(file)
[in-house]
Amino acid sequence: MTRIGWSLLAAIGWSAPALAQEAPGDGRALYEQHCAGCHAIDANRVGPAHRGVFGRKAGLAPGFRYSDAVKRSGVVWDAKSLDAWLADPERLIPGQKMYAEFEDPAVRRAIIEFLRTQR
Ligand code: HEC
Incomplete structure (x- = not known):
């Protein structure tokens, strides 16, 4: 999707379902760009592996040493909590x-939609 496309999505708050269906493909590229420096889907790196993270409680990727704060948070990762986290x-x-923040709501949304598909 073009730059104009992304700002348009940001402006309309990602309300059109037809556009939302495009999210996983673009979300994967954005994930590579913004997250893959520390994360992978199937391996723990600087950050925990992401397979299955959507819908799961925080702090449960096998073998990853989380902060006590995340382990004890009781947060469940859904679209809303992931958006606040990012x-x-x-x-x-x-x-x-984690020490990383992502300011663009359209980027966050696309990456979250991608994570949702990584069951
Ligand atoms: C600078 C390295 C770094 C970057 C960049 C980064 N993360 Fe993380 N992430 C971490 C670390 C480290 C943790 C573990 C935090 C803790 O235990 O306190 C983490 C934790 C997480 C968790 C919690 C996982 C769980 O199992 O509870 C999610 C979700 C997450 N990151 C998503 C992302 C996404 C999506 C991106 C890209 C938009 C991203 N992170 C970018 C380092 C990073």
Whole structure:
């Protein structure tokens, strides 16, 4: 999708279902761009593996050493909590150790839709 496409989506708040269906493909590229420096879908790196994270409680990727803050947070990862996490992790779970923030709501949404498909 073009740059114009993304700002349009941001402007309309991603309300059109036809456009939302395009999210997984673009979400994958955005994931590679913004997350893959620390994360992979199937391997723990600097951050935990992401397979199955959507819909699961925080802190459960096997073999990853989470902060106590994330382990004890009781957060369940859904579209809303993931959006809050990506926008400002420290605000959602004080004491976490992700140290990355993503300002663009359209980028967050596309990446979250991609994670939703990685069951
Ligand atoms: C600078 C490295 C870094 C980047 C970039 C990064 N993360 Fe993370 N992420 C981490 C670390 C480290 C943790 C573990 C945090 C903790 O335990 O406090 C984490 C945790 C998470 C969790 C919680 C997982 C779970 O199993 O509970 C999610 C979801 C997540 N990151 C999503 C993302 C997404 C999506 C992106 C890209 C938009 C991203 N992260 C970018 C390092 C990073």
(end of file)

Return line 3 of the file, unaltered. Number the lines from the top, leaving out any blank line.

Ligand code: HEC